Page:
US5614071Jun 28, 1995Mar 25, 1997Hmt Technology CorporationSputtering shield
US5643422Dec 28, 1995Jul 1, 1997Nec CorporationReactive sputtering system for depositing titanium nitride without formation of titanium nitride on titanium target and process of depositing titanium nitride layer
US5660640Jun 16, 1995Aug 26, 1997Joray CorporationMethod of removing sputter deposition from components of vacuum deposition equipment
US5671835Oct 20, 1995Sep 30, 1997Daido Metal Company Ltd.Wet friction member
US5684669Jun 7, 1995Nov 4, 1997Applied Materials, Inc.Method for dechucking a workpiece from an electrostatic chuck
US5685914Apr 5, 1994Nov 11, 1997Applied Materials, Inc.Focus ring for semiconductor wafer processing in a plasma reactor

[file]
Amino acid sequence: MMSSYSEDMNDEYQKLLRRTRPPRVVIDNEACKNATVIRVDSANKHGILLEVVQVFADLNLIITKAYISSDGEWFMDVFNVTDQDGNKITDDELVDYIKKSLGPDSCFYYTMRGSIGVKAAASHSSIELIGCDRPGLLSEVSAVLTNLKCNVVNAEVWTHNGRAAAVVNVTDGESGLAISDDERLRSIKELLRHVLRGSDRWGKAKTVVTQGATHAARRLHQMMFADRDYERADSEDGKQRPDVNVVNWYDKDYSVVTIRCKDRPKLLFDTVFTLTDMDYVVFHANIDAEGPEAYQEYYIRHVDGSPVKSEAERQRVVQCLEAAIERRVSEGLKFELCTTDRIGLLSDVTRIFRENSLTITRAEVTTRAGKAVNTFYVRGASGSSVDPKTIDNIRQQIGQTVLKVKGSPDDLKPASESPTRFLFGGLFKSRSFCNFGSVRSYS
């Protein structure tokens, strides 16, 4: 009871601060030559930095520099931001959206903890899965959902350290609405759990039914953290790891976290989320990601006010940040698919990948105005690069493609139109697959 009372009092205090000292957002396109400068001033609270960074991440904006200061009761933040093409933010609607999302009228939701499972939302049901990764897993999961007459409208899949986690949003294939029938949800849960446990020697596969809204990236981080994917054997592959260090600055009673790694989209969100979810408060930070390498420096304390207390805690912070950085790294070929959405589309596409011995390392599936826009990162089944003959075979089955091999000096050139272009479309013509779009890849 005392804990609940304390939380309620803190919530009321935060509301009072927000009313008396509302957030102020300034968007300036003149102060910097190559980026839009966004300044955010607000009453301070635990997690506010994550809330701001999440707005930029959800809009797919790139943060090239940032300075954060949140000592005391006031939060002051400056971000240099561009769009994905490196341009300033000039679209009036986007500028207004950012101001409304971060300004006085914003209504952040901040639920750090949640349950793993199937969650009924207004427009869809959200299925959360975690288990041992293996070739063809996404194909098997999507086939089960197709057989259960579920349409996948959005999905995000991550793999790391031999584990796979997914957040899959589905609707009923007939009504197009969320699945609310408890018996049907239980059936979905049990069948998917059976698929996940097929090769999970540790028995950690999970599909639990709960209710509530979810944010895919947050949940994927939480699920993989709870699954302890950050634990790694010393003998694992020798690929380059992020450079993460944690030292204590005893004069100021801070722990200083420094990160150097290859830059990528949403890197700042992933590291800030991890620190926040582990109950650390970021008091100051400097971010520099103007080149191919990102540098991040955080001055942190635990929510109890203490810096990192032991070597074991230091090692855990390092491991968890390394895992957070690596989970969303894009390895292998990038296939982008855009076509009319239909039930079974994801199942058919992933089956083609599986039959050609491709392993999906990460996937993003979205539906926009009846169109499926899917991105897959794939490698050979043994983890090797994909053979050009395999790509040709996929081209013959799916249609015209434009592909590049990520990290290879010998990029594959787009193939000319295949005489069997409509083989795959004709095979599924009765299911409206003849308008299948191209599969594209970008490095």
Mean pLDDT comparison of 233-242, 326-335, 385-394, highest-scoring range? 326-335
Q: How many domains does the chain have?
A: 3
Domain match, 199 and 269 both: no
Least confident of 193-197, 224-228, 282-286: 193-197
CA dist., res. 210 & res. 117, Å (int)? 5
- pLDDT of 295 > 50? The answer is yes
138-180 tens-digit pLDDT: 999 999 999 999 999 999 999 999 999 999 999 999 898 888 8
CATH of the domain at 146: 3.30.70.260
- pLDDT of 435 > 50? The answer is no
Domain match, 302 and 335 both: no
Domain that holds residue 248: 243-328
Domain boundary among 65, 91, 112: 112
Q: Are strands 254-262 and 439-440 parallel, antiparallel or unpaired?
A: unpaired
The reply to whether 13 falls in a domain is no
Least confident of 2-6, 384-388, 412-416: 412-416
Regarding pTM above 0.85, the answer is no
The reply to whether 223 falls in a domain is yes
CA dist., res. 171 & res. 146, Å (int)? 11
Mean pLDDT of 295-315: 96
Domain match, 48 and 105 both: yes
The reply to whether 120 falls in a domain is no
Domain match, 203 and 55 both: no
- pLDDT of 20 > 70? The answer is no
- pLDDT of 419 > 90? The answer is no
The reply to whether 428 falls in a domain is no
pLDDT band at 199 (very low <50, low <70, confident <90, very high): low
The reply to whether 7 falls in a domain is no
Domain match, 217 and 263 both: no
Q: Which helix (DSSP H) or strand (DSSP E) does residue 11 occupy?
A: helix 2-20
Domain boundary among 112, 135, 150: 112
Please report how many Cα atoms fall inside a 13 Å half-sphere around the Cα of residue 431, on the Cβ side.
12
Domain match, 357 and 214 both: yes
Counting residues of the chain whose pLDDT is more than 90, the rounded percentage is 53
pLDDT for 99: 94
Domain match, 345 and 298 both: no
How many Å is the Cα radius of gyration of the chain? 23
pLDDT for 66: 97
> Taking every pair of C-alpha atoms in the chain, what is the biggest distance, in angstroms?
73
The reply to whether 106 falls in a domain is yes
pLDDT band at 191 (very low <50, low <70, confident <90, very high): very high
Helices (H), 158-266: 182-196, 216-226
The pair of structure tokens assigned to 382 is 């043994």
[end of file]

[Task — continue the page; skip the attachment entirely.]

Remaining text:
US5685959Oct 25, 1996Nov 11, 1997Hmt Technology CorporationCathode assembly having rotating magnetic-field shunt and method of making magnetic recording media
US5695825May 31, 1995Dec 9, 1997Amorphous Technologies InternationalTitanium-containing ferrous hard-facing material source and method for hard facing a substrate
US5700179Jul 29, 1996Dec 23, 1997Shin-Etsu Handotai Co., Ltd.Method of manufacturing semiconductor wafers and process of and apparatus for grinding used for the same method of manufacture
US5714010May 25, 1995Feb 3, 1998Canon Kabushiki KaishaProcess for continuously forming a large area functional deposited film by a microwave PCVD method and an apparatus suitable for practicing the same
US5720818Apr 26, 1996Feb 24, 1998Applied Materials, Inc.Conduits for flow of heat transfer fluid to the surface of an electrostatic chuck
US5736021Jul 10, 1996Apr 7, 1998Applied Materials, Inc.Electrically floating shield in a plasma reactor
US5745331Jan 31, 1995Apr 28, 1998Applied Materials, Inc.Electrostatic chuck with conformal insulator film